Member Since 2005
I normally like Richard Russo's writing, but this book, read at the tedious pace that it was, has me pulling my hair out! It would seem to me he could have used an more ruthless editor. I finally gave up.
A different narrator and an editor with sharp scissors.
Almost any narrator would have been an improvement. Runnette's sentences had one cadence, no inflection and he sounded like the guy on "Prairie Home Companion" who extolls the virtues of catsup. I really wanted to listen to this book because I wanted to finish it and I had a long car trip when I could listen. But I just couldn't stand to listen to this narrator.
This was a great idea for a story - a good plot line (I guess it is plausible that a humanities major would take on a mobster), and fairly well developed characters, but Helprin's digressions were so numerous and often so overblown that they just barely allowed you to suffer through them to get to the story.
It was like going for a walk with a poet in a beautiful garden. Sometimes he stops, examines a flower and writes a poem. Other times, he stops, examines a flower and smokes a joint.
A Great Story
Jake. He loved Natalie unconditionally and was willing to do whatever it took to find her.
Whiny - shaky - distracting
Loved the story. Nothing extreme though.
Nobody can tell a story like Harlan Coban. His books contain, for my money, the best combination of mystery story and wise cracking humor. This story lived up to his best so far, but the always-close-to-tears voice of the narrator nearly obscured the "lighter" side of the tale. Bring back Jonathan Marosz!
Gladwell writes about the everyday- Coca cola, hair color, dog breeds, birth control pills are a few of his subjects. But he helps us look at them with new information. I really couldn't turn off the player. It was that interesting. For example, the doctor who invented birth control pills was a devout Catholic until the church attacked him for his work. He died away from the church.
Maybe nothing. It made me want to own the book so I could more easily share parts of it.
It really couldn't be a movie since it was aCompilation of articles.
Coben gives a disclaimer at the beginning of this recording, saying that it is a book he wrote when he first began to write. In other words, he's using the notoriety from his later to books to get us to read an early effort. There is none of the clever dialogue we hear from Myron Bolitar and way too many unnecessary melodramatic adjectives. Bleah. Though this is a later recording, it is not up to Coben's standards. He should have kept it in a file drawer.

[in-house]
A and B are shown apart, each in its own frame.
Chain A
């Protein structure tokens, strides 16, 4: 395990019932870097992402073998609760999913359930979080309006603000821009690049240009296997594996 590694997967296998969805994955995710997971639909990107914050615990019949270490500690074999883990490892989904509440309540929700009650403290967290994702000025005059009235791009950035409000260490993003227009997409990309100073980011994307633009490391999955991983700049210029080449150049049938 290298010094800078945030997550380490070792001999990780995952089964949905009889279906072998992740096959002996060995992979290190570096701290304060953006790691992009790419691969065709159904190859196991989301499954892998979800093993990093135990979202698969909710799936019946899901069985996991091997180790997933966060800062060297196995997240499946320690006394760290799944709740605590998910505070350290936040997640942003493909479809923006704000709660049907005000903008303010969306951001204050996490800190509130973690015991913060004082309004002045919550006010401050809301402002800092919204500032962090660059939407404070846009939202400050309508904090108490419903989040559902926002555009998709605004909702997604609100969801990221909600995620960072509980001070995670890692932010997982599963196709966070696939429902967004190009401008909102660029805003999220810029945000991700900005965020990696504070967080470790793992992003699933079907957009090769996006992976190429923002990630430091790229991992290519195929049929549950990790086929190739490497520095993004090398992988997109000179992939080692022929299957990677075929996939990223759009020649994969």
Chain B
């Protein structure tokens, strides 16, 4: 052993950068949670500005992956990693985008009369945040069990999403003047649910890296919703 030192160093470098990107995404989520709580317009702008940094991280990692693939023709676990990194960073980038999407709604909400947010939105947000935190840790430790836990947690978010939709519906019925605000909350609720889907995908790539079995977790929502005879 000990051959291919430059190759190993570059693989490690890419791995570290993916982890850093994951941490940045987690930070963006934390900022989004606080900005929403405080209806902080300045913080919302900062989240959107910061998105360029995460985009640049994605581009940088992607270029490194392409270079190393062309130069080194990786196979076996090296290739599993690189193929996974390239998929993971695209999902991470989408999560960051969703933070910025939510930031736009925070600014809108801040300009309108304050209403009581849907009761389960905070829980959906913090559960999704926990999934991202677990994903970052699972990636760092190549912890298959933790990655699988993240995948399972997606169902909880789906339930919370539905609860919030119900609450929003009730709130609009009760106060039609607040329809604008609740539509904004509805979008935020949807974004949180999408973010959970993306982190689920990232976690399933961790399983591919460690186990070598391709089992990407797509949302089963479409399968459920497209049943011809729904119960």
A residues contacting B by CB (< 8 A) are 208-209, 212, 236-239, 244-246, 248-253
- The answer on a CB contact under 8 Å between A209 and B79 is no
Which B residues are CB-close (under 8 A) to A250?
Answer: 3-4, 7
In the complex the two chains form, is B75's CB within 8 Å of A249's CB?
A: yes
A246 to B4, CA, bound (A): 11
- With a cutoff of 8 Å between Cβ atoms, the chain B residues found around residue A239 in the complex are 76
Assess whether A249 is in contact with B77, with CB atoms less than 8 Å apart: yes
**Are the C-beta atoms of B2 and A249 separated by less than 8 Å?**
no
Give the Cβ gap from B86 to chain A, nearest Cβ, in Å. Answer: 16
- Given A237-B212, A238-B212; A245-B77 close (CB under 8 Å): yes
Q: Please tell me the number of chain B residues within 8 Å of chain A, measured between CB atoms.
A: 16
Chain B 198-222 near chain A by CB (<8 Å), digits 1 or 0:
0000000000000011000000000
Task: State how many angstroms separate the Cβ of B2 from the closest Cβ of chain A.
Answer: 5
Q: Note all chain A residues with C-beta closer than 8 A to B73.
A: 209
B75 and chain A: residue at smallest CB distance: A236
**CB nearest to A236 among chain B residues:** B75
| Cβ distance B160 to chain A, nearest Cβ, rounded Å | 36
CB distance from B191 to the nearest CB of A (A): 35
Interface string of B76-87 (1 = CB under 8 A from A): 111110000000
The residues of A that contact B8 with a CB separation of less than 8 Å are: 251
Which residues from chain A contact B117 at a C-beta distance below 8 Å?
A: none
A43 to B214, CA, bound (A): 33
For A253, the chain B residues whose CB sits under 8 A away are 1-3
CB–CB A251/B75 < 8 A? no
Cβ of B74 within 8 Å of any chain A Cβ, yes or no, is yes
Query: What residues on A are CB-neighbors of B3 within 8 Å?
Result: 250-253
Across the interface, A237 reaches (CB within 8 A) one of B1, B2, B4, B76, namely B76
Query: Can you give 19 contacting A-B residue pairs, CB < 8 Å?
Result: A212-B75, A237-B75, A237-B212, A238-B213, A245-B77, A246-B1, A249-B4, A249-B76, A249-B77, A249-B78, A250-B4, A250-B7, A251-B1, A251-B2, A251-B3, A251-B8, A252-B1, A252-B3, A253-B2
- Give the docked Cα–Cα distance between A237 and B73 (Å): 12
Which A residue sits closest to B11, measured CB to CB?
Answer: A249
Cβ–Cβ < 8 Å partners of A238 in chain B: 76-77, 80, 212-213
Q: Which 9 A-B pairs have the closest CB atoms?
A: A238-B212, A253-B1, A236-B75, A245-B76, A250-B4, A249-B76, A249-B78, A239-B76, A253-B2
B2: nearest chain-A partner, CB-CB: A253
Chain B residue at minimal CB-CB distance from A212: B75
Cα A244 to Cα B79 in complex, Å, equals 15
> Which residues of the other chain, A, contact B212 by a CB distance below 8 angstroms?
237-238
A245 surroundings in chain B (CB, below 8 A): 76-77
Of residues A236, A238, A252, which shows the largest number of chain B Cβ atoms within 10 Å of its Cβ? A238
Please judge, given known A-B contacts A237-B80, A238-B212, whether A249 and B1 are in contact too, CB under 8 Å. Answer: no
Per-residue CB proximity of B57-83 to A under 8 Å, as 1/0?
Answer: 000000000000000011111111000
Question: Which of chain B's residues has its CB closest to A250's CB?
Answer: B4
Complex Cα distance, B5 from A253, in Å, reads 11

I loved Marilynne Robinson's last book, Gilead. As the mother of 3 sons and the only sister with 3 brothers, I read and reread Robinson's words in the voice of Ames, the Congregationalist minister, about the trust that parents must have before they, like Abraham, can send their sons into the wilderness. She writes beautifully, and she clearly has much theological thought and study behind her. This book, which included the same characters, shows what happens when that trust isn't enough. Jack Boughton, prodigal son of Ames' friend, Robert Boughton, comes home, bringing all his misery along with him. He seems repentant, but seems still to wallow, and perhaps even enjoy, his past transgressions. It gets rather tiresome and we lose patience with him. Robinson's beautiful theological reflections remain in this book, however, and, because I liked rereading and referring to them, I wish I had read the book instead of listening to it. Also, the reader's voice was a little too Charlton Heston for my taste. That too, got a little tedious.
"Bel Canto," Patchett's earlier book, is one of my all time favorite love stories and I was, I think, hoping to find another treasure in "Run." Using the same story line - strangers cast together through circumstances over which they have no control who must deal with a life changing series of events - "Run" lacked the passion and tenderness of "Bel Canto," and seemed instead a story with an agenda. Then, when I listened to the interview at the end, I found out that it was indeed, the author says,a story about politics. Maybe next time she could just write an essay.
I downloaded this book expecting to hear something like the funny, but strangely comforting, story of Father Tim's life in North Carolina. "Home to Holly Springs" bore little resemblance to Karon's other books and was, instead, a string of painful reminiscences of the rector's childhood, and by the time I turned it off I was past caring what happened to him. I couldn't even make it to the end.
I've read and listened to dozens of P.G. Wodehouse books over the years, and this was probably my least favorite. It seemed slow and I missed the lovable goofiness of Bertie Wooster. However, my main objection to this Audible book was the reader. His voice was difficult to understand, rather hoarse, and made the book drag even more. Next time I'll be more careful.
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